Sides still far apart after four-day break
Amid fears that the resumption of talks between scribes and the studios would be openly hostile, Tuesday’s session proved surprisingly smooth — but there are still key differences between the two sides and there are mounting fears in the biz that time is running out.
Negotiations, which re-launched in the ayem in Los Angeles following a four-day break, recessed in the early evening and will resume today.
Tuesday’s talks focused mostly on Web streaming as the Writers Guild of America presented a counteroffer to last week’s proposal by the Alliance of Motion Picture & Television Producers. A source close to the talks described the sesh as encouraging and more productive than previous sessions as writers presented their tiered usage plan.
However, the WGA said the AMPTP’s math was deeply flawed when the companies estimated that scribes would see a $130 million increase in total compensation over three years. The writers concluded it would be more like $32 million.
Part of the problem is that the producers have not revealed their methods for estimating these figures — and scribes are innately suspicious of Hollywood bookkeeping.
But when the WGA presented its counterproposal, the studios and nets offered conceptual questions about structure and measurement of streaming usage — in other words, they didn’t reject the proposal out of hand.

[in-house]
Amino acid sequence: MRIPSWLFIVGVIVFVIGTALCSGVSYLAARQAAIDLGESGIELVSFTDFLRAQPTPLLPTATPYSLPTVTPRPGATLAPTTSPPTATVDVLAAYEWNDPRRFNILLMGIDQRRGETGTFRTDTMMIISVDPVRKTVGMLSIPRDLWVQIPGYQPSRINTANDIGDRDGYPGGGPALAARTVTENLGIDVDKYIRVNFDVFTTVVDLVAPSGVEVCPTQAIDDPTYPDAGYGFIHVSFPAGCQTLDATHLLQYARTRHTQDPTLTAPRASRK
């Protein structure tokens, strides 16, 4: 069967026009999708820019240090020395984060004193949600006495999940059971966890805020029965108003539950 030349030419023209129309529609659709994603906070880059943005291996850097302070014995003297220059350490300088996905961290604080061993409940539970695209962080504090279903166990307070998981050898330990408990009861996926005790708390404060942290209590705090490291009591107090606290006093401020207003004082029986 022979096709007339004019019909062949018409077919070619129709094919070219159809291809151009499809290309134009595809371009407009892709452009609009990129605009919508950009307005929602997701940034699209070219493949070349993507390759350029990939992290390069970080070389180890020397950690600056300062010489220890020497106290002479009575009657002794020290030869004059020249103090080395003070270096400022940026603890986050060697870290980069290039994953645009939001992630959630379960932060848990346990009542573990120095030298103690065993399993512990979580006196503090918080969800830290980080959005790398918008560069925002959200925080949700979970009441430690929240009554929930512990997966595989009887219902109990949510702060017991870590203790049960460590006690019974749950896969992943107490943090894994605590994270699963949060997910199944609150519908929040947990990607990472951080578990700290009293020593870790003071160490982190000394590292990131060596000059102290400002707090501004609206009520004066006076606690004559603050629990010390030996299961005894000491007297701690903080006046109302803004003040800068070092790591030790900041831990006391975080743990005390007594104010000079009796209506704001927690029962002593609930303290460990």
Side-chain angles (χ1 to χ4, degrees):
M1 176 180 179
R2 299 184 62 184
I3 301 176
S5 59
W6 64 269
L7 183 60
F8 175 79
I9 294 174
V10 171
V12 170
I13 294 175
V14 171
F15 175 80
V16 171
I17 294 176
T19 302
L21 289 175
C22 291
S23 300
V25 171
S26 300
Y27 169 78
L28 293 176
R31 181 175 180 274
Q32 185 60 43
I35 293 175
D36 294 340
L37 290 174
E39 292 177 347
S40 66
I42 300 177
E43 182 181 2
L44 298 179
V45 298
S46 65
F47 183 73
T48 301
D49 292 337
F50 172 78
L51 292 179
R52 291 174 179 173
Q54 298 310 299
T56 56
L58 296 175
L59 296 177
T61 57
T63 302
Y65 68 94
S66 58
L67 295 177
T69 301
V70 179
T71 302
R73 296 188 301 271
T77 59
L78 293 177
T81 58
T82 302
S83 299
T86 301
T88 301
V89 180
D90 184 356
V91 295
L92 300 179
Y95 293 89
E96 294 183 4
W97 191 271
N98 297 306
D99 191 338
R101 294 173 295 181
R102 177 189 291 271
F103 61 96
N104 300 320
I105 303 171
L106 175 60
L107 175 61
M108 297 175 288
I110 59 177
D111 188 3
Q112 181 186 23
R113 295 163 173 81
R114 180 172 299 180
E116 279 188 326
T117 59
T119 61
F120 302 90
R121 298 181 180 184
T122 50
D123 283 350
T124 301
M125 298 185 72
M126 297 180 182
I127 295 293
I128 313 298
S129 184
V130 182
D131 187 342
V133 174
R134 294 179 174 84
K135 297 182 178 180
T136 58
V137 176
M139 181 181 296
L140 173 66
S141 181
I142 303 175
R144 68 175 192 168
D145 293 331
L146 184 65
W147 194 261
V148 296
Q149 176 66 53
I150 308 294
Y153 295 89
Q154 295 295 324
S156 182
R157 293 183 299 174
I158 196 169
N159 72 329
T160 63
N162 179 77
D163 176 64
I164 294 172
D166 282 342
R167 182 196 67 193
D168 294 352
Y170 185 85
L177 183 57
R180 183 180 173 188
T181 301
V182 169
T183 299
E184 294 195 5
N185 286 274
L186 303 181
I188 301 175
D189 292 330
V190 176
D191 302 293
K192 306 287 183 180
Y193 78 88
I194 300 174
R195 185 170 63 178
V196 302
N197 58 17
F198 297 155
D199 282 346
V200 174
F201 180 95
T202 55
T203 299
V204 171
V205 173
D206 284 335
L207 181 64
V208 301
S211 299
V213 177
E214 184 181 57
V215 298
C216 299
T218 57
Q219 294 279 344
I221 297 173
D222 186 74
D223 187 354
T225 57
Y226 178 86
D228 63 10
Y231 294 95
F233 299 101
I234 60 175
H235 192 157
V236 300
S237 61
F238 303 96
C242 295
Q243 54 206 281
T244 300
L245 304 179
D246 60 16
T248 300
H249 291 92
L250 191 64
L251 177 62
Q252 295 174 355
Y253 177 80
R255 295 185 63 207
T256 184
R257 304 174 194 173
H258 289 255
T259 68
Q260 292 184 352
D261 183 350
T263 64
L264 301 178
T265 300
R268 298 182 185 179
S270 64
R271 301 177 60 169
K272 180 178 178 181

One source described the queries as being respectful and, in another sign of possible progress, reps for both sides discussed the proposal informally at a sidebar.
The WGA’s proposal — based on how many times a program is viewed — for Internet streaming of TV dramas came in response to the fixed annual $250 residual offered last week by the AMPTP.
As has been the case in recent sessions, CAA partner Bryan Lourd attended the huddles, which were held at an undisclosed location.
The skepticism about the AMPTP’s numbers — and the question of the $100 million discrepancy — were contained in a report to WGA members released during the negotiating session by negotiating committee chief John Bowman. The report was described as taking a “comprehensive” look at the overall WGA and AMPTP proposals.
In response, the AMPTP simply repeated its own conclusions. The companies said they’re sticking by their numbers, adding, “The New Economic Partnership presented by the AMPTP represents a gain of $130 million for writers over the next three years based on projected increases in compensation, benefits and residuals including new media. This is on top of the annual $1.3 billion in payments they currently receive.”
One industry vet, who has been plugged in to the negotiations, said the exchange shows that the sides are “not even speaking the same language” in their volleys on complex issues like new media residuals and guild jurisdiction for original material produced for the Internet.
Such disagreements likely will try the patience of CEOs of AMPTP’s congloms and may push them to make a “last, best, final” offer to the WGA within the next week or two. And if the WGA rejects that deal, the AMPTP likely would launch negotiations shortly thereafter with the Directors Guild of America.